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Home  >  Medical Research Archives  >  Issue 149  > Colorectal Cancer Screening: What Do We Need to Build and Who Will Come?
Published in the Medical Research Archives
Jun 2023 Issue

Colorectal Cancer Screening: What Do We Need to Build and Who Will Come?

Published on Jun 26, 2023




Approximately one third of screen eligible individuals in the US are due or overdue for colorectal cancer (CRC) screening. The burden of screening is compounded by the addition of younger individuals to the screening pools and disruption in screening activities due to the pandemic. Colonoscopy is the most commonly used screening modality. However, role of non-invasive CRC screening tests needs to expand to meet the demands for screening. The current models of opportunistic screening fail to meet the population adherence of 80% or higher, and may worsen healthcare disparities. In the post-pandemic landscape, it is important for healthcare systems, clinics and organizations to adopt population based programmatic approaches to improve adherence to colorectal cancer screening and ensure this is done in a framework that ensure health equity.

Author info

Aasma Shaukat, Jeffrey Lee, Theodore Levin

Recent guidelines by the ACG, US Multi-Society Task Force, US Preventive Services Task Force and American Cancer Society are all in consensus and have lowered the starting age for CRC screening from 50 to 451, 2, adding an additional twenty million newly eligible men and women to the screening pool. While epidemiologic and modelling data support lowering the CRC screening age,3, 4 it will put pressure on the US healthcare system already strained by the COVID-19 pandemic. Pre- pandemic, CRC screening rates among those aged 50 and older were 67%.5 The pandemic largely halted screening efforts for most of 2020, and with the resumption of screening, most healthcare systems are still trying to catch up. Hence there is an unmet need to expand CRC screening capacity.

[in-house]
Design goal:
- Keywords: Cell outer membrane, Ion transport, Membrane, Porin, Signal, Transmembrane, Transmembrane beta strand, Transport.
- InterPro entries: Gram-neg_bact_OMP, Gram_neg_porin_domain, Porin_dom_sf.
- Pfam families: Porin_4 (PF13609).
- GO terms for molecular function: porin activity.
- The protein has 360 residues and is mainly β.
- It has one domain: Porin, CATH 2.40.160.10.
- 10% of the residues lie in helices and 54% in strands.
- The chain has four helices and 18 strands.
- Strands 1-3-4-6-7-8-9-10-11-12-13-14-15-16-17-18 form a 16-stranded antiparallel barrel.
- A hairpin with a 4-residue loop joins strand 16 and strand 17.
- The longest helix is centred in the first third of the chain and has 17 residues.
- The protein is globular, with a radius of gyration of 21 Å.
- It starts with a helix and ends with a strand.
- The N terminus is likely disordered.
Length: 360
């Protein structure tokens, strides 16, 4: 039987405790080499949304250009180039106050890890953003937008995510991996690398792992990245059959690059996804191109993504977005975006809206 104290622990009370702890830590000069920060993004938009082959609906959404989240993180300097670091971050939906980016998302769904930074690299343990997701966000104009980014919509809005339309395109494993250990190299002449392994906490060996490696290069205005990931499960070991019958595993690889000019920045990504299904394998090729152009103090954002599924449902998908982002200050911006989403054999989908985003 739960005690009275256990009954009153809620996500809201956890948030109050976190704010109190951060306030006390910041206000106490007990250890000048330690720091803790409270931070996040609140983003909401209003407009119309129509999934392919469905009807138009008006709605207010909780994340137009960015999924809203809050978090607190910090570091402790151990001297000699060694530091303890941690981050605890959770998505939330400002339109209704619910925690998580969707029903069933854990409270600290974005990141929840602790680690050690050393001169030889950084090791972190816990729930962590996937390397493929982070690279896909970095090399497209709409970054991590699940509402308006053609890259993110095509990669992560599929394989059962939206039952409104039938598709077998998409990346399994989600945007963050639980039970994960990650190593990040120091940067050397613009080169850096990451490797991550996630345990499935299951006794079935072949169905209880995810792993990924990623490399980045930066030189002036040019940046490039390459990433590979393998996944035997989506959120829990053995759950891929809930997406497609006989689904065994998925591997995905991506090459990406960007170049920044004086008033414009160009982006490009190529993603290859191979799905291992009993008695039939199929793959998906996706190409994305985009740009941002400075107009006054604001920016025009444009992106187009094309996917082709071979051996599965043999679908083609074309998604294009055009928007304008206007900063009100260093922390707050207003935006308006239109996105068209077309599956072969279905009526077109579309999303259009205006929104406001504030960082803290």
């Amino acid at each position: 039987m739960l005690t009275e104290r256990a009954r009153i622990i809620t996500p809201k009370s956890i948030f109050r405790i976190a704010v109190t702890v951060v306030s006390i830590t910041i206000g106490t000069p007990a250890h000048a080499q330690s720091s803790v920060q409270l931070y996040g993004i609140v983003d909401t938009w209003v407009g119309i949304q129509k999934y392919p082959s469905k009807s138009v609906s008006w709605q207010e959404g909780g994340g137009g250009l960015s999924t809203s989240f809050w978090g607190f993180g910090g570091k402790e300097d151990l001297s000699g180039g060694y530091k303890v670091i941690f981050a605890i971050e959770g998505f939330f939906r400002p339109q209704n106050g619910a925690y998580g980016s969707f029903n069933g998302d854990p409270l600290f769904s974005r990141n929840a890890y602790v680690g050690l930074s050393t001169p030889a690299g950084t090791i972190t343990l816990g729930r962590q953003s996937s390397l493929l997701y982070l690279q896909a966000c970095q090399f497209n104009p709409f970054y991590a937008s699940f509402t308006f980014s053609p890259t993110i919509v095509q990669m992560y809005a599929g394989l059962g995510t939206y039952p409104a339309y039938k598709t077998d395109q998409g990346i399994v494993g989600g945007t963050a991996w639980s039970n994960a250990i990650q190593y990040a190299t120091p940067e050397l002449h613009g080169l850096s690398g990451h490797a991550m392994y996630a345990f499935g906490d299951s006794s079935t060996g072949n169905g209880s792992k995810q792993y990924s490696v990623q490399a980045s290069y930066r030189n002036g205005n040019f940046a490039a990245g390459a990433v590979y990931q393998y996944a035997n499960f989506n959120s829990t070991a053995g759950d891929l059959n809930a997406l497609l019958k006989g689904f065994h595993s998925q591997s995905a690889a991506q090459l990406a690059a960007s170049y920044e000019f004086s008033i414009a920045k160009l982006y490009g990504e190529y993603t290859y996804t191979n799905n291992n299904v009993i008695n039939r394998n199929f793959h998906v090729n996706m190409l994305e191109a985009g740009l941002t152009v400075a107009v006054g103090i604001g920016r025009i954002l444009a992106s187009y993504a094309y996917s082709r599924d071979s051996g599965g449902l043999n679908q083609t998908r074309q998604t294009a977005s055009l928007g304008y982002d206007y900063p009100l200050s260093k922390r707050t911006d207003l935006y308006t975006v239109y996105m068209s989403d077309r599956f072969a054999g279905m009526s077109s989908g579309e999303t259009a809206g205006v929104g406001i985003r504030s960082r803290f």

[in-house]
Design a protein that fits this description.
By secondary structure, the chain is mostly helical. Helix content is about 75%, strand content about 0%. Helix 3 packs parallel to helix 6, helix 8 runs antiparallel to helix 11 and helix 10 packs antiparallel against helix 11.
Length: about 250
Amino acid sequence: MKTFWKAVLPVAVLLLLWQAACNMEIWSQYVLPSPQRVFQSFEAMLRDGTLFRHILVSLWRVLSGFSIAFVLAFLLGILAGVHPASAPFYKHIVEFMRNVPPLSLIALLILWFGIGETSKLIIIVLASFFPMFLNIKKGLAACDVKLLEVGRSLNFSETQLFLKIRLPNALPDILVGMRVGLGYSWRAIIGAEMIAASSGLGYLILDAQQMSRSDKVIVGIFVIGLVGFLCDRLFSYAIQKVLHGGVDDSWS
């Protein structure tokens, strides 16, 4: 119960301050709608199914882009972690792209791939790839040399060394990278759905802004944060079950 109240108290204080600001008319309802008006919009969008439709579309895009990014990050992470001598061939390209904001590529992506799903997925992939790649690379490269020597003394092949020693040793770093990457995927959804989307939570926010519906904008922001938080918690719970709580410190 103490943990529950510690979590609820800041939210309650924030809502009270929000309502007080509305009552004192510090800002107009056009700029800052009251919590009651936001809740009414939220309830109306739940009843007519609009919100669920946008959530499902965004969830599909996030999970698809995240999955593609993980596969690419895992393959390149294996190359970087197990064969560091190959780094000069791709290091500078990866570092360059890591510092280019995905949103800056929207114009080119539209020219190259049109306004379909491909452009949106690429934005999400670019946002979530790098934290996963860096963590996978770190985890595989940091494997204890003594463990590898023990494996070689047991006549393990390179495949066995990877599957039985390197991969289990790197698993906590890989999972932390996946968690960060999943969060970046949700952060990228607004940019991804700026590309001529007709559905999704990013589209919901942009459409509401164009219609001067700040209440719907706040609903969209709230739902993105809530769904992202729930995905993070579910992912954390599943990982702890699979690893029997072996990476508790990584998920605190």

Population based approaches are needed:
In the US, colonoscopy is the most widely used modality for CRC screening.6 However, we cannot rely solely on colonoscopy screening to meet these needs. The effect of the pandemic, influx of newly screening-eligible adults 45-49 years of age, and the existing high demand for diagnostic and surveillance colonoscopies have all contributed to the currently strained colonoscopy capacity. As gastroenterologists, we should realize that fully booked endoscopy centers may not mean that individuals that are most likely to benefit are undergoing CRC screening. A broader, population health view of the screen eligible population suggests that rather than focusing on promoting screening colonoscopies for those with easy access and interest, we can achieve a greater public health benefit by identifying those who remain unscreened or not up-to-date with current screening recommendations and delivering CRC screening equitably.